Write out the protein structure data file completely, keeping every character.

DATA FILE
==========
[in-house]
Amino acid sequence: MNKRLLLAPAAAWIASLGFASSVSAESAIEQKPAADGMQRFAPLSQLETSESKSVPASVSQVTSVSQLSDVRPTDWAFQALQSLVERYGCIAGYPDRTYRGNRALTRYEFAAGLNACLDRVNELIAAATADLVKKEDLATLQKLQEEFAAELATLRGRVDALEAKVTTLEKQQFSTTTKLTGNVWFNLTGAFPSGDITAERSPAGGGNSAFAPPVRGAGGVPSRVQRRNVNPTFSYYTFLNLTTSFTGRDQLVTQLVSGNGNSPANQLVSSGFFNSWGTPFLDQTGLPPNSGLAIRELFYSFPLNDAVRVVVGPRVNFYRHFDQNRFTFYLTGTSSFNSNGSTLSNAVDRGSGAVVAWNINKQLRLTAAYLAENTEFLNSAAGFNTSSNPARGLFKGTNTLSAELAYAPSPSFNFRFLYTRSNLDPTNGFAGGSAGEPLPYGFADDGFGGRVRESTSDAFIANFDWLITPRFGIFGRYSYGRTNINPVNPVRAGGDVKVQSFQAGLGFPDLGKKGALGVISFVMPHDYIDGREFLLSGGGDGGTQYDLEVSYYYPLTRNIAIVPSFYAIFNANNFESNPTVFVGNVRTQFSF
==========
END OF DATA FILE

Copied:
[in-house]
Amino acid sequence: MNKRLLLAPAAAWIASLGFASSVSAESAIEQKPAADGMQRFAPLSQLETSESKSVPASVSQVTSVSQLSDVRPTDWAFQALQSLVERYGCIAGYPDRTYRGNRALTRYEFAAGLNACLDRVNELIAAATADLVKKEDLATLQKLQEEFAAELATLRGRVDALEAKVTTLEKQQFSTTTKLTGNVWFNLTGAFPSGDITAERSPAGGGNSAFAPPVRGAGGVPSRVQRRNVNPTFSYYTFLNLTTSFTGRDQLVTQLVSGNGNSPANQLVSSGFFNSWGTPFLDQTGLPPNSGLAIRELFYSFPLNDAVRVVVGPRVNFYRHFDQNRFTFYLTGTSSFNSNGSTLSNAVDRGSGAVVAWNINKQLRLTAAYLAENTEFLNSAAGFNTSSNPARGLFKGTNTLSAELAYAPSPSFNFRFLYTRSNLDPTNGFAGGSAGEPLPYGFADDGFGGRVRESTSDAFIANFDWLITPRFGIFGRYSYGRTNINPVNPVRAGGDVKVQSFQAGLGFPDLGKKGALGVISFVMPHDYIDGREFLLSGGGDGGTQYDLEVSYYYPLTRNIAIVPSFYAIFNANNFESNPTVFVGNVRTQFSF